Referring to FIG. 1 a cross section of the borescope is illustrated. The forward end of the borescope includes a housing 1 which encloses a battery 2 which provides a source of energization for the bulb 3. And end plate 4 provides a supporting means for the bulb 3 and the battery 2. The bulb 3 is mounted concentrically on the end plate 4 and provides illumination in 360.

The casing 5 encloses a lens 6 which is mounted on the lens support 7. The forward end of the casing 5 is connected to a cover plate 8 which is transparent to permit entrance of light and prevent a liquid from coming in contact with the lens. Liquid contacting the lens would change the focal length and make the device inoperative in a liquid. A plurality of rods 9 are fastened in the plate 8 and extend forwardly to the supporting plate 4 thereby supporting housing 1 in a coaxial position relative to the casing 5. Intermediate on theplurality of rods 9 is positioned the disc 10 which provides a supporting means for the conical reflector 11. The disc 10 as illustrated in FIG. 1 is constructed of a transparent material to provide a greater field of illumination andprovide a more oblique lighting of the illuminated-surface beyond the disc 10. A nut 12 fastens the conical reflector 11 to the disc 10.

The rearward end of the casing 5 receives a flexible conduit 13. A band 14 is fitted within a radial flange 15 of the flexible casing 5. The band 14 maintains a correlated position of the end surfaces of the plurality of fibers 17. The plurality of flexible fibers 17 extends longitudinally through the flexible conduit 13 and are received within the ring 18. The ring 18 has a radial planar flange which seats within the inner periphery of the sleeve 19. A sleeve 19 also encloses the tube 20 having a lens mount 21 supporting the lens 22. The lens 22 transmits the image to a point for visual observation.

FIG. 2 is a cross section view taken on line 22 of FIG. 1. FIG. 2 shows the end view of the conical reflector 11 coaxially mounted relative to the disc 10. The plurality of rods 9 which support the disc 10 are also illustrated in FIG. 2.

FIG. 3 illustrates a conical reflector for use in an assembly as illustrated in FIG. 1. The conical reflector has a double cone surface. The conical surface 25 receives a view which is less oblique than the view received on surface 24. The annular surface 26 provides no reflection for the field of vision.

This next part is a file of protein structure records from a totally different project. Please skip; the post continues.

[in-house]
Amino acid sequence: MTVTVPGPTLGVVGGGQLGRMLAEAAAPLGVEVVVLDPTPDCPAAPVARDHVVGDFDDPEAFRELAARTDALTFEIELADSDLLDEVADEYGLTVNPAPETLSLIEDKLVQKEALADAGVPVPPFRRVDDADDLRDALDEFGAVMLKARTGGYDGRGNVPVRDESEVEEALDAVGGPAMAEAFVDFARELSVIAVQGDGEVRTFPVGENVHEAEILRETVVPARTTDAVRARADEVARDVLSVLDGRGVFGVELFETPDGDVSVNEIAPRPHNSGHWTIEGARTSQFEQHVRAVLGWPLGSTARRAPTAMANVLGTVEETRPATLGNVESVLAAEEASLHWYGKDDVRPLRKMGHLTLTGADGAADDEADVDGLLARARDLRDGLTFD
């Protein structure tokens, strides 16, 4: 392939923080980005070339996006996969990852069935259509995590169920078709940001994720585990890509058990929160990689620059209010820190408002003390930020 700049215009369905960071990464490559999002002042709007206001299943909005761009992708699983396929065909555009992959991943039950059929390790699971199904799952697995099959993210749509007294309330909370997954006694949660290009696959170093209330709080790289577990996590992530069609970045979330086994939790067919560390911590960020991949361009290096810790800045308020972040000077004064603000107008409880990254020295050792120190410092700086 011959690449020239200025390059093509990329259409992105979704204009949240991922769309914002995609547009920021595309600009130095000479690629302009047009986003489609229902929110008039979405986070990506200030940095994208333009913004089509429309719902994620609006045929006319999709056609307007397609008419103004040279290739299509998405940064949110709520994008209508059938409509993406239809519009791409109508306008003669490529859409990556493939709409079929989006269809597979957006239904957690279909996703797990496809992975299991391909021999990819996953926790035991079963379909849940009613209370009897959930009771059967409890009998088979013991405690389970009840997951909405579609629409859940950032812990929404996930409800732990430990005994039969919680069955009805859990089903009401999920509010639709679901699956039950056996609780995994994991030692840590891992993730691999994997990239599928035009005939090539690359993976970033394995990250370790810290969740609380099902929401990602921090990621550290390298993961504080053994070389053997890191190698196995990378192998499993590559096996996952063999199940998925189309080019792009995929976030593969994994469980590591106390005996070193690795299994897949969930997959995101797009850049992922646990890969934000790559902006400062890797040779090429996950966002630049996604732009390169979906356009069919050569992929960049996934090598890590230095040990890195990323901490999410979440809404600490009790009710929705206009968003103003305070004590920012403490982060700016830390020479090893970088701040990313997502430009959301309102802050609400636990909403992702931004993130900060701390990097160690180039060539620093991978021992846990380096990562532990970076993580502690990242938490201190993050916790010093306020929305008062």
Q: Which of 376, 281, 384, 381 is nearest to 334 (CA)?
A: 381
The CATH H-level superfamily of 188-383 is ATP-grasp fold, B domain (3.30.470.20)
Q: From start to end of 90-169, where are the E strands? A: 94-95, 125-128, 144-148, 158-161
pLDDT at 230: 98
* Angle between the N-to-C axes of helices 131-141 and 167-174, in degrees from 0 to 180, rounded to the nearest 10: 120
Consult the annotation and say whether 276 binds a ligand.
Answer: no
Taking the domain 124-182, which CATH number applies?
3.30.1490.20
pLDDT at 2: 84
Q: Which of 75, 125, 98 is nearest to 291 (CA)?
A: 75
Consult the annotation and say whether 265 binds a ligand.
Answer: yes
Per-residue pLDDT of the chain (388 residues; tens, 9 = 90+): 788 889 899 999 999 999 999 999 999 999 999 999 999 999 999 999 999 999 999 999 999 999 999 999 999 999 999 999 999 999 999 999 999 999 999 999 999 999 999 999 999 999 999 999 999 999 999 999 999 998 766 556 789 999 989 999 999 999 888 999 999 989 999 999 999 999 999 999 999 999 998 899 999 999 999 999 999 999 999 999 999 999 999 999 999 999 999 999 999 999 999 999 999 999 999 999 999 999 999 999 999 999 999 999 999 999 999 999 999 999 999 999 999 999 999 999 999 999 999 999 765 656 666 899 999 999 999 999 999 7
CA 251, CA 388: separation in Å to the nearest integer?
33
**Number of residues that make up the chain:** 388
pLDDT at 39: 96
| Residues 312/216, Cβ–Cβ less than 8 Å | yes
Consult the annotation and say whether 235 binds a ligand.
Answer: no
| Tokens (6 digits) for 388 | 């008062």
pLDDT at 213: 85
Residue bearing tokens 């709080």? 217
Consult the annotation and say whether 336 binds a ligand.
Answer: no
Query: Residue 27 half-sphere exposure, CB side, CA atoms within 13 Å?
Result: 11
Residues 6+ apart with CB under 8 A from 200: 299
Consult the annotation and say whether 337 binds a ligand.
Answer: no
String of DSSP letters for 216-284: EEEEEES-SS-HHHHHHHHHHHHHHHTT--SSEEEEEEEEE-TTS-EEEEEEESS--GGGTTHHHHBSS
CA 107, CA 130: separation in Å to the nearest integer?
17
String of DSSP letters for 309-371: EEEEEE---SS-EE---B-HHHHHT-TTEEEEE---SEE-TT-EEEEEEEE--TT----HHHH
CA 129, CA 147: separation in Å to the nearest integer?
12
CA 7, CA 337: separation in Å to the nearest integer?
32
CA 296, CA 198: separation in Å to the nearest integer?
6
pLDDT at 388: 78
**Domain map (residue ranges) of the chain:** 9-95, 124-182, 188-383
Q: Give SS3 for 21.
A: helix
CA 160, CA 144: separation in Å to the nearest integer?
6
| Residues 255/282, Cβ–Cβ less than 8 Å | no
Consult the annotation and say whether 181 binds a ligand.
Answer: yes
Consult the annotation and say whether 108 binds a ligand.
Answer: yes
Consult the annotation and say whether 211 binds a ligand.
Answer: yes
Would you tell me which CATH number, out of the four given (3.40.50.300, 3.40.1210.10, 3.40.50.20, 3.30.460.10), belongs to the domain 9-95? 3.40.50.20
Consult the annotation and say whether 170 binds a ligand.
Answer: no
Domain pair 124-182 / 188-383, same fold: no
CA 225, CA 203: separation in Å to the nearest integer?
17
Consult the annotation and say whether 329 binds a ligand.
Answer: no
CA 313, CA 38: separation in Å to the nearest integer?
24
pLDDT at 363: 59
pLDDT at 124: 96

The purpose of the stepped cone integral reflector is to provide a means for the operator of the borescope to get two fields of view. The surface 24 reflects a field of view from substantially a different angle and distance than surface 25. The two surfaces provide a means for observing a point on an inner surface of the cavity from a different angle which aids in detecting the depth of the depression by lengthening of the shadows.

FIG. 4 is a modification of FIG. 1 wherein a housing encloses the source of illumination and the reflector as well as the optical system. An external source of energization is employed to energize the source of illumination.

A bundle of flexible fibers 30 extend into the ring 31 which maintain the permanent arrangement of the plurality fibers relative to each other. The housing 32 encloses the lens 33. The lens 33 is coaxially mounted with the reflector 34 which is supported on the opaque disc 35. The disc 35 is mounted within the transparent housing 36 which extends axially forward and is fastened to the cap 37 which receives the disc 41. The cap 37 supports the plate 38 which provides a mounting means for the lamp 39. The lamp 39 is energized through the wires 40 which run through the housing to a source of electrical energy. The basic difference in FIG. 4 from FIG. 1 is in the fact that the source of illumination and the conical reflector are enclosed within the housing. This instrument provides a smooth external surface of the borescope and which provides at protecting means for the instrument. The operation of the instrument is substantially similar to that as illustrated in FIG. 1.